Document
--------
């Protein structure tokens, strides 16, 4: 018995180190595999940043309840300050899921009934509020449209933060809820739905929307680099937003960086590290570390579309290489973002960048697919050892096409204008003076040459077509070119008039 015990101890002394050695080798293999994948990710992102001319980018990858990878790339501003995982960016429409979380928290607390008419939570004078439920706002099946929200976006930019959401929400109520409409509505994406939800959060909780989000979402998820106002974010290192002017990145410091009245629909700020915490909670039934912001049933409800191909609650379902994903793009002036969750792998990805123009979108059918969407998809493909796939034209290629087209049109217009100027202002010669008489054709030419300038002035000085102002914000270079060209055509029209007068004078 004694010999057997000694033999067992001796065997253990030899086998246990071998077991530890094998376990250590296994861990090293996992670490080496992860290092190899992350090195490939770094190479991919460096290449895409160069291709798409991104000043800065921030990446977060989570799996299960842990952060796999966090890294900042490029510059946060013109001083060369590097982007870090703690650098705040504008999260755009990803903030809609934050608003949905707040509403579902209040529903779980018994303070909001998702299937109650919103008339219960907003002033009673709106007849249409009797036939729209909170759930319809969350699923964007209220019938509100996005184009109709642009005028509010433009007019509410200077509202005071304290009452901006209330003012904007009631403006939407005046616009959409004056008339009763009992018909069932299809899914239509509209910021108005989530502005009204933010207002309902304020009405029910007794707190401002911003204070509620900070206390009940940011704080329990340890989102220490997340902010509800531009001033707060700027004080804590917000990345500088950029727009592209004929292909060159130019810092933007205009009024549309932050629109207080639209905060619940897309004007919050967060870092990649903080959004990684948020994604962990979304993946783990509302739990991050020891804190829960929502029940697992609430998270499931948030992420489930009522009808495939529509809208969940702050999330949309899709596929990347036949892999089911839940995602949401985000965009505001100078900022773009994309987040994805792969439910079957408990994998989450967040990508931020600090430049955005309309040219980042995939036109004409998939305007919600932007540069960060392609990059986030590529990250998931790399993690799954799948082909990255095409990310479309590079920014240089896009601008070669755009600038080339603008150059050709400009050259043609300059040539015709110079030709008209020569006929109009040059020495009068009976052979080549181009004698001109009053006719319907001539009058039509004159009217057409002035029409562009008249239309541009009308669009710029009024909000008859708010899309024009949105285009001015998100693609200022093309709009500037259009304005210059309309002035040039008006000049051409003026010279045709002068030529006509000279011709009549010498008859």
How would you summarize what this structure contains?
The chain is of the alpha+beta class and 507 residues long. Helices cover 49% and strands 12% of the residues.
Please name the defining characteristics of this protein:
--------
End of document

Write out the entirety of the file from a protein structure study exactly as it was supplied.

């Protein structure tokens, strides 16, 4: 018995180190595999940043309840300050899921009934509020449209933060809820739905929307680099937003960086590290570390579309290489973002960048697919050892096409204008003076040459077509070119008039 015990101890002394050695080798293999994948990710992102001319980018990858990878790339501003995982960016429409979380928290607390008419939570004078439920706002099946929200976006930019959401929400109520409409509505994406939800959060909780989000979402998820106002974010290192002017990145410091009245629909700020915490909670039934912001049933409800191909609650379902994903793009002036969750792998990805123009979108059918969407998809493909796939034209290629087209049109217009100027202002010669008489054709030419300038002035000085102002914000270079060209055509029209007068004078 004694010999057997000694033999067992001796065997253990030899086998246990071998077991530890094998376990250590296994861990090293996992670490080496992860290092190899992350090195490939770094190479991919460096290449895409160069291709798409991104000043800065921030990446977060989570799996299960842990952060796999966090890294900042490029510059946060013109001083060369590097982007870090703690650098705040504008999260755009990803903030809609934050608003949905707040509403579902209040529903779980018994303070909001998702299937109650919103008339219960907003002033009673709106007849249409009797036939729209909170759930319809969350699923964007209220019938509100996005184009109709642009005028509010433009007019509410200077509202005071304290009452901006209330003012904007009631403006939407005046616009959409004056008339009763009992018909069932299809899914239509509209910021108005989530502005009204933010207002309902304020009405029910007794707190401002911003204070509620900070206390009940940011704080329990340890989102220490997340902010509800531009001033707060700027004080804590917000990345500088950029727009592209004929292909060159130019810092933007205009009024549309932050629109207080639209905060619940897309004007919050967060870092990649903080959004990684948020994604962990979304993946783990509302739990991050020891804190829960929502029940697992609430998270499931948030992420489930009522009808495939529509809208969940702050999330949309899709596929990347036949892999089911839940995602949401985000965009505001100078900022773009994309987040994805792969439910079957408990994998989450967040990508931020600090430049955005309309040219980042995939036109004409998939305007919600932007540069960060392609990059986030590529990250998931790399993690799954799948082909990255095409990310479309590079920014240089896009601008070669755009600038080339603008150059050709400009050259043609300059040539015709110079030709008209020569006929109009040059020495009068009976052979080549181009004698001109009053006719319907001539009058039509004159009217057409002035029409562009008249239309541009009308669009710029009024909000008859708010899309024009949105285009001015998100693609200022093309709009500037259009304005210059309309002035040039008006000049051409003026010279045709002068030529006509000279011709009549010498008859």
How would you summarize what this structure contains?
The chain is of the alpha+beta class and 507 residues long. Helices cover 49% and strands 12% of the residues.
Please name the defining characteristics of this protein: